Changing the World, One Meal at a Time
Today's Christian Woman magazine's November/December cover story featuring adoptive mother and author Kim de Blecourt (read Kim's article, "A Home for All Children," here) recently inspired a couple in southern Illinois to take a leap of faith. After reading the magazine that arrived in their mailbox in November, they decided to leave their jobs in agriculture and teaching to pursue full-time ministry with outreach organization Food for Orphans. They hosted their first food-packing event in Carbondale, Illinois, last weekend, and Kim de Blecourt was able to attend the event and meet them.
"It was such a blessing to have Today's Christian Woman magazine feature our family's adoption story in their November/December 2012 issue," Kim de Blecourt says. "Now, the blessing of that feature has been extended to others, including Bess and Tim Lewis. Thank you, Today's Christian Woman. Your magazine definitely influences others to love God and to live fearless!"
We were intrigued, so we asked Bess to share some of their story about how God led them to minister differently.
Quitting a job because of something you read in a magazine is pretty big! Tell us what happened.
BESS: Last year my husband felt the Lord say, I want your all, and started feeling called into ministry. Both of us have always had a heart for ministry, but Tim worked in agriculture! As we began to pursue different avenues for ministry, I told Tim, "I believe the Lord will show you where to go, then you'll quit your job in agriculture."
So when a job as principal opened at the Christian school where I was teaching, I encouraged Tim to apply. But they told us that because Tim had no administrative experience, he wouldn't be a good fit for the job.
That day I was so depressed I told God, I don't know how there could be anything else out there. As I was feeding our chickens, Tim came up to me and said, "Don't be depressed. There's something even better out there." And I said, "What could be better than working at a Christian school? There's nothing!"
Later when I checked the mailbox, I saw the new issue of Today's Christian Woman. On the cover was this picture of a woman holding this beautiful African baby. We have two foster children, so we've always had a heart for adoption. I thought, What could be better to encourage my depressed soul than an article about adoption? There's nothing more beautiful than this. I assumed the article was a God thing to encourage my soul.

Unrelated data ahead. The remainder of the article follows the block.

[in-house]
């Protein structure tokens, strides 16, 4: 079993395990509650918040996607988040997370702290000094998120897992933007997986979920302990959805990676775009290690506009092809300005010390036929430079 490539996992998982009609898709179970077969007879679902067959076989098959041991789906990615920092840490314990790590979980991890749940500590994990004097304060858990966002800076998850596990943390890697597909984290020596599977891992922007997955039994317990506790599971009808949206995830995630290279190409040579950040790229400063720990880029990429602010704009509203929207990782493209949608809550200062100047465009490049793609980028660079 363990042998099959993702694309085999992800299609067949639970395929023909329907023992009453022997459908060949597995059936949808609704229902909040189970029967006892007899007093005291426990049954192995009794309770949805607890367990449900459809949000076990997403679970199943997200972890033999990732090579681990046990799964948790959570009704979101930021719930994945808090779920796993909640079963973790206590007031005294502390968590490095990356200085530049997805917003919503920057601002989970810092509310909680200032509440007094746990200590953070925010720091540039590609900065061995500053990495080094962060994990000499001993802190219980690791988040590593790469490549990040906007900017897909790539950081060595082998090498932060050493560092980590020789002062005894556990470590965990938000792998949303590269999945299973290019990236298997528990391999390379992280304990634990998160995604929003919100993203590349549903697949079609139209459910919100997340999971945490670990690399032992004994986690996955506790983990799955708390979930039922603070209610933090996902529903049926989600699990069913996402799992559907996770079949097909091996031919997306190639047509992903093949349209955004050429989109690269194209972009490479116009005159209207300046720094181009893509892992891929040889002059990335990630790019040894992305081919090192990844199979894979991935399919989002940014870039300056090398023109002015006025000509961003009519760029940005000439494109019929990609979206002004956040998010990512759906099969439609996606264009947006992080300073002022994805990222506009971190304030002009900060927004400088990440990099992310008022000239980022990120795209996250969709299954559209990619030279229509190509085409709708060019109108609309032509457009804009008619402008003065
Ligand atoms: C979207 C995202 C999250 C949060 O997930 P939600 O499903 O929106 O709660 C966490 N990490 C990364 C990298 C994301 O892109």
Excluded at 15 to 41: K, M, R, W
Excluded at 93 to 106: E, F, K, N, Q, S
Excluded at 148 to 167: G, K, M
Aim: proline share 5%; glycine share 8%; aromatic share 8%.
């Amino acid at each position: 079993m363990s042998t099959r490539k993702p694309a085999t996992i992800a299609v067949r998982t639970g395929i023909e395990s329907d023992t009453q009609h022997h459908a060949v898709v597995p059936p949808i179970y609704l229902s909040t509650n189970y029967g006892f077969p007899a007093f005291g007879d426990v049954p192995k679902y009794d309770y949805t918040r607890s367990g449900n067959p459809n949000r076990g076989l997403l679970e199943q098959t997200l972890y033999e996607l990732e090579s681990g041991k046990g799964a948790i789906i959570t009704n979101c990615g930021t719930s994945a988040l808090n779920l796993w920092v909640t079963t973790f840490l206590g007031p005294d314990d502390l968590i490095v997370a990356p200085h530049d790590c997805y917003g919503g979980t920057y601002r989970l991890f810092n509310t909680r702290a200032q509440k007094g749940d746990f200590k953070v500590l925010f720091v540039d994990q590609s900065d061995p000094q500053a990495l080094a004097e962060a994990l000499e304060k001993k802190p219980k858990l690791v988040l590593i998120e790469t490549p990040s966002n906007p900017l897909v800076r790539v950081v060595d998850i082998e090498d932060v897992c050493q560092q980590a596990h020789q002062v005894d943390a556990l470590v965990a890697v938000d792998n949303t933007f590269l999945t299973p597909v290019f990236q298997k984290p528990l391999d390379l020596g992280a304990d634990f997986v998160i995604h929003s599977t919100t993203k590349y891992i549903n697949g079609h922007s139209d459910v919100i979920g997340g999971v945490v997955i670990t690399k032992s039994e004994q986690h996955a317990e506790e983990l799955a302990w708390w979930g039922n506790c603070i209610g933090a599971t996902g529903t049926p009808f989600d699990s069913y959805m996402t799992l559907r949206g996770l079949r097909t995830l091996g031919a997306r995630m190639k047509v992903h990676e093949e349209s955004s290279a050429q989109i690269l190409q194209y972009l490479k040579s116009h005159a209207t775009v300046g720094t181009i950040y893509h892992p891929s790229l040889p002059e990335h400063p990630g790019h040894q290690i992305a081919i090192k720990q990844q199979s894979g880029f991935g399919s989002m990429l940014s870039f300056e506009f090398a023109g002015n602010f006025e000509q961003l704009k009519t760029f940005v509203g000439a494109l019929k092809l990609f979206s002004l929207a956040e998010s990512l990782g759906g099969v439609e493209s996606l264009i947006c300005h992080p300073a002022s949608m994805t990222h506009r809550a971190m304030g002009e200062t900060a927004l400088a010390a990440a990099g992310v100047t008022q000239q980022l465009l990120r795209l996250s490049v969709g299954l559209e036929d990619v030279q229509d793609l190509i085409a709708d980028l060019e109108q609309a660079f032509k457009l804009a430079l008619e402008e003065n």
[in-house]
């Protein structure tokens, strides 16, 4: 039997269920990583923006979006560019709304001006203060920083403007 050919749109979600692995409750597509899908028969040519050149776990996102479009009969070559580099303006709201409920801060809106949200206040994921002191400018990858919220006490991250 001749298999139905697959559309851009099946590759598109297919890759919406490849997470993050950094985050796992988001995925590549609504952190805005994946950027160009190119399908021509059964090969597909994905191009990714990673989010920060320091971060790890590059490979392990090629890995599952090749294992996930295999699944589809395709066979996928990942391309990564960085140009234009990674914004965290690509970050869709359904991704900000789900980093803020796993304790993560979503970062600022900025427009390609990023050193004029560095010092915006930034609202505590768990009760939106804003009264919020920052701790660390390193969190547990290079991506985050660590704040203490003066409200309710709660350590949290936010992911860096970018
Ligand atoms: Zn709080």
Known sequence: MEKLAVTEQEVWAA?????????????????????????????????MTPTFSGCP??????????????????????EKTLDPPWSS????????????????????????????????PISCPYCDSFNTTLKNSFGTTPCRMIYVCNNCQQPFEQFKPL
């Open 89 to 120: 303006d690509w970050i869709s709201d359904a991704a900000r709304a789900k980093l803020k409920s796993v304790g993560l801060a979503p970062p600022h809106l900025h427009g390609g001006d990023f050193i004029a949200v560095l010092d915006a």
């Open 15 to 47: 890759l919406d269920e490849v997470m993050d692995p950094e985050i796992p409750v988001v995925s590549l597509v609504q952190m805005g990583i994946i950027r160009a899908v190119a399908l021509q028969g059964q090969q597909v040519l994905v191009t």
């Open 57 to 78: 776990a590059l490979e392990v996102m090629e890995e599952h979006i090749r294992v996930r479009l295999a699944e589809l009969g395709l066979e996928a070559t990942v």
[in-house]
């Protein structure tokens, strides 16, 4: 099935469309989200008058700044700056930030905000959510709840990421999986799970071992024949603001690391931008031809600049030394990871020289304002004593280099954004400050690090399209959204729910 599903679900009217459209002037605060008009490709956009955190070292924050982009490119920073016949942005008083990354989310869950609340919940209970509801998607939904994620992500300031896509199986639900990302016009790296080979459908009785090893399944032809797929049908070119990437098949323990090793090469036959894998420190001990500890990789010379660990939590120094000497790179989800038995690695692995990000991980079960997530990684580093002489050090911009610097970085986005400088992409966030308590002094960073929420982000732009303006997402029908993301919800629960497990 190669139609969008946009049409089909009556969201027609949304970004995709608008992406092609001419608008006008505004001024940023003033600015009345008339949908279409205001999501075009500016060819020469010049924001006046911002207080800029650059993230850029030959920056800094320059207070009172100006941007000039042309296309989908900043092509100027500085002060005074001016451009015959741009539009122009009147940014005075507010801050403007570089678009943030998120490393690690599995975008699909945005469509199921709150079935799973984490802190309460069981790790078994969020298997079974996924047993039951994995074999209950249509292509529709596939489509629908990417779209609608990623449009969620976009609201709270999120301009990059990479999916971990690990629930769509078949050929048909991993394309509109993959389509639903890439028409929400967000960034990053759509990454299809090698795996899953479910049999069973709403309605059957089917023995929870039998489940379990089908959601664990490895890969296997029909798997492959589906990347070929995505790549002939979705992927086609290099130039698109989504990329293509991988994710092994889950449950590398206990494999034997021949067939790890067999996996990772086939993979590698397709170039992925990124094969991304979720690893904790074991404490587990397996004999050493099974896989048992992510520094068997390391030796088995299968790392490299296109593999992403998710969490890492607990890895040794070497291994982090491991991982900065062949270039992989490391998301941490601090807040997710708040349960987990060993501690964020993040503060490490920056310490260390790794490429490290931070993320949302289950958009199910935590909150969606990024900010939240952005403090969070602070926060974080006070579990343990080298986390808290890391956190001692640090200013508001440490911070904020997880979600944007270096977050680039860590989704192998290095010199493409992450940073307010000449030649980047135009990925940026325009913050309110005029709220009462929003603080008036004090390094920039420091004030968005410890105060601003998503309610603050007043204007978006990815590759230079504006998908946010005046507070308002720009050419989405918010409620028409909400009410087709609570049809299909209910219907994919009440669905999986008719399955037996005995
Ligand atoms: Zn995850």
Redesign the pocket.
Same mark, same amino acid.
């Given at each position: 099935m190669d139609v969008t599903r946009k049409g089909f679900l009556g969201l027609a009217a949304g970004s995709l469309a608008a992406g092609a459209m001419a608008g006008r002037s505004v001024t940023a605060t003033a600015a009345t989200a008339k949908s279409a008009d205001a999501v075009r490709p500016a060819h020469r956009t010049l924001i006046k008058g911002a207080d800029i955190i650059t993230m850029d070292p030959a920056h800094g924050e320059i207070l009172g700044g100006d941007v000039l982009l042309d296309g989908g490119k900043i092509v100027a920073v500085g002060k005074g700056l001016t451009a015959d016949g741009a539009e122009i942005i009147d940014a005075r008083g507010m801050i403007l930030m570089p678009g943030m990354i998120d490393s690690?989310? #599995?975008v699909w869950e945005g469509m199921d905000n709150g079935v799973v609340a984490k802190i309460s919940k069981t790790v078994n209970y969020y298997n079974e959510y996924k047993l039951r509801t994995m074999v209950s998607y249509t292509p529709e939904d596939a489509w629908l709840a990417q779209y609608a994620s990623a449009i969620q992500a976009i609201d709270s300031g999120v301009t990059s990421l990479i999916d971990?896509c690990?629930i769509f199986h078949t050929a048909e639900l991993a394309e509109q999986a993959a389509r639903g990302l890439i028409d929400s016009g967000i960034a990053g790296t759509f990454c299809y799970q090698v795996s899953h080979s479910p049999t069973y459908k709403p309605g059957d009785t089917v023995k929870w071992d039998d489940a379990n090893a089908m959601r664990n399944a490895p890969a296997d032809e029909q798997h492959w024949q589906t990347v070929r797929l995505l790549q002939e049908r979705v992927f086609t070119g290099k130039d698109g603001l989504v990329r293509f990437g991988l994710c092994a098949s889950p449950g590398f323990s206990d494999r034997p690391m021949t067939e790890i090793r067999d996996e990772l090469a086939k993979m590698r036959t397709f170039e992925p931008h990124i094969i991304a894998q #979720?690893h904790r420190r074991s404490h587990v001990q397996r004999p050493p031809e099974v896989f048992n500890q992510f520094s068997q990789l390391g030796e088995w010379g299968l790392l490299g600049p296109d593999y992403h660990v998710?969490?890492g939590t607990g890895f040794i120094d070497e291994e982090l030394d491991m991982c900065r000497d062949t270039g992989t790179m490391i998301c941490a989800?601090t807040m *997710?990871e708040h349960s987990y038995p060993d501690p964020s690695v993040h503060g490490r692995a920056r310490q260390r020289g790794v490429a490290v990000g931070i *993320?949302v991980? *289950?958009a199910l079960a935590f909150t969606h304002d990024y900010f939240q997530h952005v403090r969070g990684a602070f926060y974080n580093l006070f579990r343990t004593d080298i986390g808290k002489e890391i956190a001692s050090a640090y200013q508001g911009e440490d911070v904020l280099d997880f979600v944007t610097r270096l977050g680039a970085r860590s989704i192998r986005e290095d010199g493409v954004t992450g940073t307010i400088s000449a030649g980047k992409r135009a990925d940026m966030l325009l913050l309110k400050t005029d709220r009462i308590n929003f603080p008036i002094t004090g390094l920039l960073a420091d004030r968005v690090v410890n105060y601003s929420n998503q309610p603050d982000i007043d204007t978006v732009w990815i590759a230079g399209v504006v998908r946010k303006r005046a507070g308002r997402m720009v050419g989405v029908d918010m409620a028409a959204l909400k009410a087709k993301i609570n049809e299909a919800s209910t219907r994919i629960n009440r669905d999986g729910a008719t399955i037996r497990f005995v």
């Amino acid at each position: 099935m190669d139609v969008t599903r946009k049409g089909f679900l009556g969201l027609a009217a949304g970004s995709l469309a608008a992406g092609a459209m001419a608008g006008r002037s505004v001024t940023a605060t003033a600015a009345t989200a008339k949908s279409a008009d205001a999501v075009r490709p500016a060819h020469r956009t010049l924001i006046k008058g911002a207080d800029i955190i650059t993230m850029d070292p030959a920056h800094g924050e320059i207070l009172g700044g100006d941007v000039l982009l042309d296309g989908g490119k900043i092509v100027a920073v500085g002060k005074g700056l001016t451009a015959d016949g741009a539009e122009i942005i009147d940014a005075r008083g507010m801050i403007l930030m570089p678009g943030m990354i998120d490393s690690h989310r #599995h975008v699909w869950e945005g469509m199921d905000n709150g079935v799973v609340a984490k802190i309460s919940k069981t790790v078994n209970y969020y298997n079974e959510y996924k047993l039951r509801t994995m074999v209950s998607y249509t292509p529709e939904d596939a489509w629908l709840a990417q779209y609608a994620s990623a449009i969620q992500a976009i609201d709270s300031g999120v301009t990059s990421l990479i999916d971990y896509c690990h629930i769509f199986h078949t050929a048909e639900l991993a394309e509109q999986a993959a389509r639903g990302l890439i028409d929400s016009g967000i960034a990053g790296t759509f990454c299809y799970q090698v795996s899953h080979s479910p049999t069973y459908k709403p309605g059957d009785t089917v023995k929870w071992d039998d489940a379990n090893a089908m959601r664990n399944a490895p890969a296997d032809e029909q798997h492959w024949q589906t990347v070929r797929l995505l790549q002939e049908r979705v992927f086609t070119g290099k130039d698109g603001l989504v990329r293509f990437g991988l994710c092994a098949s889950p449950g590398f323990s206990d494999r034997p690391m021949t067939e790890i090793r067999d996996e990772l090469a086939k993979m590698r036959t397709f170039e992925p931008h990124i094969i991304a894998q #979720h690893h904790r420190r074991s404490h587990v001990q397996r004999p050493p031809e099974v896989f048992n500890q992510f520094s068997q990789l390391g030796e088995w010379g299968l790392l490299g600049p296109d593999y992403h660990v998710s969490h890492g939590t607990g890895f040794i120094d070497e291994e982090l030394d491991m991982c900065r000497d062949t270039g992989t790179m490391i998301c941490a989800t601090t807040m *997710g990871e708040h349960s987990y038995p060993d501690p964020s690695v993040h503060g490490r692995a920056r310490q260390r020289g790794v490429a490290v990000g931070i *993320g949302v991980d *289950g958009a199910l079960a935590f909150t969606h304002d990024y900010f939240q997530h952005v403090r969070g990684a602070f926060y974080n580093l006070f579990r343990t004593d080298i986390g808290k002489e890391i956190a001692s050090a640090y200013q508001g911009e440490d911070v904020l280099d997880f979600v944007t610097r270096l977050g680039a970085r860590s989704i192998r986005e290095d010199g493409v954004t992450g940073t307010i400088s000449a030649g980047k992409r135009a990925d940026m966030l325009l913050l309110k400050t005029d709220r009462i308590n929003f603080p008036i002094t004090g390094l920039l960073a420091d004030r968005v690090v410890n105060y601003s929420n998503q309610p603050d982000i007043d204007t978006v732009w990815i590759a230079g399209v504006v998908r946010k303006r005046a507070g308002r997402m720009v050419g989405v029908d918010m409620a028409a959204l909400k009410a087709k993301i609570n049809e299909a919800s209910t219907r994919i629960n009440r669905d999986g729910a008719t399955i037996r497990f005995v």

How did Kim de Blecourt's story help you understand God's call for your life?
I read the article on my knees because I was that discouraged. As I went through it, I was admiring the pictures of Kim delivering food to orphans, and that really inspired me. When I got to the end where it had all the sources I could look up, I went to Food for Orphans' website, and they were looking for a regional representative.
This is what the page said: "Have you always wanted to do international ministry, yet have to stay local?" For us as foster parents, we can't leave the state we're fostering in—we have to stay in Illinois. So I sent this to my husband, who agreed that this may be the right fit for us.
We reached out to Gary, the Food for Orphans president, then two weeks later were headed out to Colorado to meet him. We knew that was where God was leading us. Two weeks after that, we scheduled our first food packing event.
How was the food-packing event?
We started out with just two churches. They each agreed if we could find a host site, they would send 40 people per church to help out. So we knew we had 80 participants for sure, and built from there. We held the event in Carbondale, Illinois, which is a spiritually dry area. It's also a big university town, so we wanted to get local students involved because we wanted their energy.
Tim was able to get $5,400 from local businesses to sponsor students to get involved at the event, so we had 100 spots for students to come for free. We ended up with a lot more than 100, because students got community service hours credit for coming. We had about 150 students show up. They did all the labor, packing the boxes, and even more from churches in the community.
The event was amazingly diverse. We had diversity of ages and professions. We had five-year-old kids all the way to 80-year old people sitting in chairs. We had diversity of color, nationality, and religion. All gathered for the purpose of feeding orphans.
What's next for you two?
My husband's work with Food for Orphans has been on a volunteer basis so far, but I think we've decided to stay volunteers. We like the idea of pouring our hearts into it and having 100 percent of the money go toward the orphans. Tim's idea is to somehow get a semitrailer donated so we can host mobile food packing events on wheels. His hope is to have an event every Saturday at churches around southern Illinois. We already have several more events scheduled this year.
To make our finances work, we have our home for sale, and Tim works part-time for a farmer. All our needs have been taken care of. It's not as though we have extra cash to go to Disney World. We decided we needed to make sacrifices, and we made them. It's been fun. I keep asking my husband, "Are you sure you like this?" and he keeps saying, "I couldn't imagine myself doing anything else."
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